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Supplier engagement in the digital age

15 April 2019

Kieran Forsey believes that the use of cloud-based digital platforms can help build better relationships between own-brand suppliers and their retail customers. 

Own label suppliers will know that making continual improvements to product lines is key to securing and retaining business, while avoiding any costly food safety errors. However, this growing pressure to innovate can be stifled by the fact that few have the luxury of being able to have any existing production line downtime to trial new products.

Short-term retail contracts mean that any technology or new product development investment would need to offer a good return in a very short period of time. Manufacturers and processors must also consider the operational and commercial impact of any line downtime, including possible fines for late delivery and even lost contracts.

No supplier can afford to ignore the changing expectations of end consumers, although it is near-impossible to drive positive change without their being a strong and efficient working relationships with retail customers. Why? Because without access to sales and returns data or customer service feedback from the retailers, manufacturers have to simply reformulate their recipes, or redesign packaging, based either on guesswork alone or at best on a narrow view of what customers want, running the risk that a product fails to deliver on taste, ingredients and/or price. 

Retail data also enables suppliers to actively identify and capitalise on the latest consumer trends in a way that sets them apart as innovators rather than followers. This information allows them to hit the ground running, embedding good practice in their production processes and transforming speed-to-market success.

Grocery retailers, in particular, know that quality, good-value and increasingly specialist (such as vegan, free-from and premium) private brand ranges create a point of difference that underpins performance and overall customer experience.

The right partners
Of course, this is only possible if they have the right partners – and are prepared to nurture and empower them to upskill and achieve more. Unlike the days when buying teams might manage international supplier networks via emails and spreadsheets, digital platforms promote better engagement by working together as one team.

A supplier who feels supported, and who buys into the retailer’s values, is more likely to go the extra mile for its customer, investing in employee training, developing products and working towards industry certifications. Yet even though sharing retail intelligence is essential for gaining a competitive edge, the importance of engaging private brand suppliers is often overlooked.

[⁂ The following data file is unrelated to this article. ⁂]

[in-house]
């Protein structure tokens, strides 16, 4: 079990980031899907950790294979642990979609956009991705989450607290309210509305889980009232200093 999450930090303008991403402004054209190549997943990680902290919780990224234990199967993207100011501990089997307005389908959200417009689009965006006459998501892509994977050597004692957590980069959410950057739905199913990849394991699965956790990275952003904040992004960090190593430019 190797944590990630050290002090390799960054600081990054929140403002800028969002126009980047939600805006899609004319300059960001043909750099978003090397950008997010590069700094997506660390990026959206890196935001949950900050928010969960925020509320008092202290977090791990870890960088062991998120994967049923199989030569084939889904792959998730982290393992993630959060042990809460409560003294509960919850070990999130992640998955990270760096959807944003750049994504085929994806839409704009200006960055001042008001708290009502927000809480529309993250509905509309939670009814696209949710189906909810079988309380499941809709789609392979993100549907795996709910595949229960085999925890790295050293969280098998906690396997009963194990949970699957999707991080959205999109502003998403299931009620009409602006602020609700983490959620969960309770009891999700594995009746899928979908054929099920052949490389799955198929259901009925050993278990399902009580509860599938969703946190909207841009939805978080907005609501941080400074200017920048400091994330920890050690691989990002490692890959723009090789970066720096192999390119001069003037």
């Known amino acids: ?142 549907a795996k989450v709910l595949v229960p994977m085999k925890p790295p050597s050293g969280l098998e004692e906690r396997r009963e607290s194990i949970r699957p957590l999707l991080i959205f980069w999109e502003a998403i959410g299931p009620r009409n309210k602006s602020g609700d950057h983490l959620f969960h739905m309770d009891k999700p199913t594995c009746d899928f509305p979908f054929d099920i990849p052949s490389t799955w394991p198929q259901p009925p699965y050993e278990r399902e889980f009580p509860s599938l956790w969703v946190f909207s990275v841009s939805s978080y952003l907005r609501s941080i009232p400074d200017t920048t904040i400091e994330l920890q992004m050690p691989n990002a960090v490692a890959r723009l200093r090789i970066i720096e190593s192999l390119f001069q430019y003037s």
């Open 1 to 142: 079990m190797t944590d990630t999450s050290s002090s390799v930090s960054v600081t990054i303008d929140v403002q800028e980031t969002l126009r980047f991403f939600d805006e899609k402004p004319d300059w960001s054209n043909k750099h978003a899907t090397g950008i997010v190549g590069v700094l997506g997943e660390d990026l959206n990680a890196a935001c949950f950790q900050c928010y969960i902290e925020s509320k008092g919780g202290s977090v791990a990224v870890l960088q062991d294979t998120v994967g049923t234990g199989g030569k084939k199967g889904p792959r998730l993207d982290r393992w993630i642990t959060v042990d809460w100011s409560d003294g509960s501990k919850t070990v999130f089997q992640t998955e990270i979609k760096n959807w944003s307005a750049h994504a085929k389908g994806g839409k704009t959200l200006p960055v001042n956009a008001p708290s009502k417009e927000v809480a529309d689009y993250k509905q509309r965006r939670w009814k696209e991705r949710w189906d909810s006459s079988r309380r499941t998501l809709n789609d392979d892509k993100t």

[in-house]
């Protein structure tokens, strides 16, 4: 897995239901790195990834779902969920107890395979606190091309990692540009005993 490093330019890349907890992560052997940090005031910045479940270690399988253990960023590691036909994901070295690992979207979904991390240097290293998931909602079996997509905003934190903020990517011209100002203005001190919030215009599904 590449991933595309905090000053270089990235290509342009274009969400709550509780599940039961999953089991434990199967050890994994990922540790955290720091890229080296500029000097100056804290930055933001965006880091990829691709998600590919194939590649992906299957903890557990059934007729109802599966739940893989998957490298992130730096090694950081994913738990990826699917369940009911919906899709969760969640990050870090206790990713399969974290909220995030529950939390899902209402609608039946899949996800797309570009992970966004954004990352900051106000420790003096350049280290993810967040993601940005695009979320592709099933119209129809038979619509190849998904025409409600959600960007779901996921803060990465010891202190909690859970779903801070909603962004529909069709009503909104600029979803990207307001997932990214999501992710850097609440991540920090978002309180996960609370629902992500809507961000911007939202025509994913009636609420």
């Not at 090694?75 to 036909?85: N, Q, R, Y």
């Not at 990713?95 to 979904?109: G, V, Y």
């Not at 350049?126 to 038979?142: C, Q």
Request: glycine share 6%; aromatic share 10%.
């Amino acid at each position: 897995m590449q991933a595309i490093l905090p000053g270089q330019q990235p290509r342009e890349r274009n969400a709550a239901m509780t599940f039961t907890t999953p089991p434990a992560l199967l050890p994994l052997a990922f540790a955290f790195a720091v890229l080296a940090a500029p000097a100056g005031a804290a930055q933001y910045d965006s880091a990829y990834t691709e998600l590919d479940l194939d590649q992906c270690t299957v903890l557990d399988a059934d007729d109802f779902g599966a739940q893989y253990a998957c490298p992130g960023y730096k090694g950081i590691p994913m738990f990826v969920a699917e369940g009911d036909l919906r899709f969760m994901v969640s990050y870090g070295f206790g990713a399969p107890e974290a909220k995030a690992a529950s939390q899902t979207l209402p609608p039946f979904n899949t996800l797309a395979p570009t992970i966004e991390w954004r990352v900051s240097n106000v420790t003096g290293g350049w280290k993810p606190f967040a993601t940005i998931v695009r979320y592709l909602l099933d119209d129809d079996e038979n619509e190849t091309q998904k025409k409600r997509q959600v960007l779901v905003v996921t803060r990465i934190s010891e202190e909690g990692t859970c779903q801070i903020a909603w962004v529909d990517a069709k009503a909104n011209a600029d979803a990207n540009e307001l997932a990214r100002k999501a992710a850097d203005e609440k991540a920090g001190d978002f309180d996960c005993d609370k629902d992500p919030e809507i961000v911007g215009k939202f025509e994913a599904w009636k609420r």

When elevated above the passive default position, both large and small-scale producers become a trusted source of information for retailers answering consumer enquiries. This is particularly crucial if a food safety issue occurs, and a response is required urgently. To avoid a crisis situation – including a product recall – buyers invariably choose suppliers who actively demonstrate packaging labelling compliance and have rigorous processes in place to avoid contamination in the first place.

While for many food producers short-term retail contracts are a fact of life today, that should not mean that it isn’t possible to work effectively within their parameters. Retailers that have invested in the right digital tools to foster engagement can help suppliers to be more agile and better informed, which means they are able to invest in the areas of product development that will deliver the best commercial returns. Without these genuine insights, they could well jump on the latest fad, which proves to be a flash in the pan, or fail to deliver at the right price point.

With the right training and incentives, digital systems can lay the foundations for a culture of continuous improvement, in line with rapidly-changing consumer demands. 

Kieran Forsey is co-founder of Solutions for Retail Brands (S4RB).

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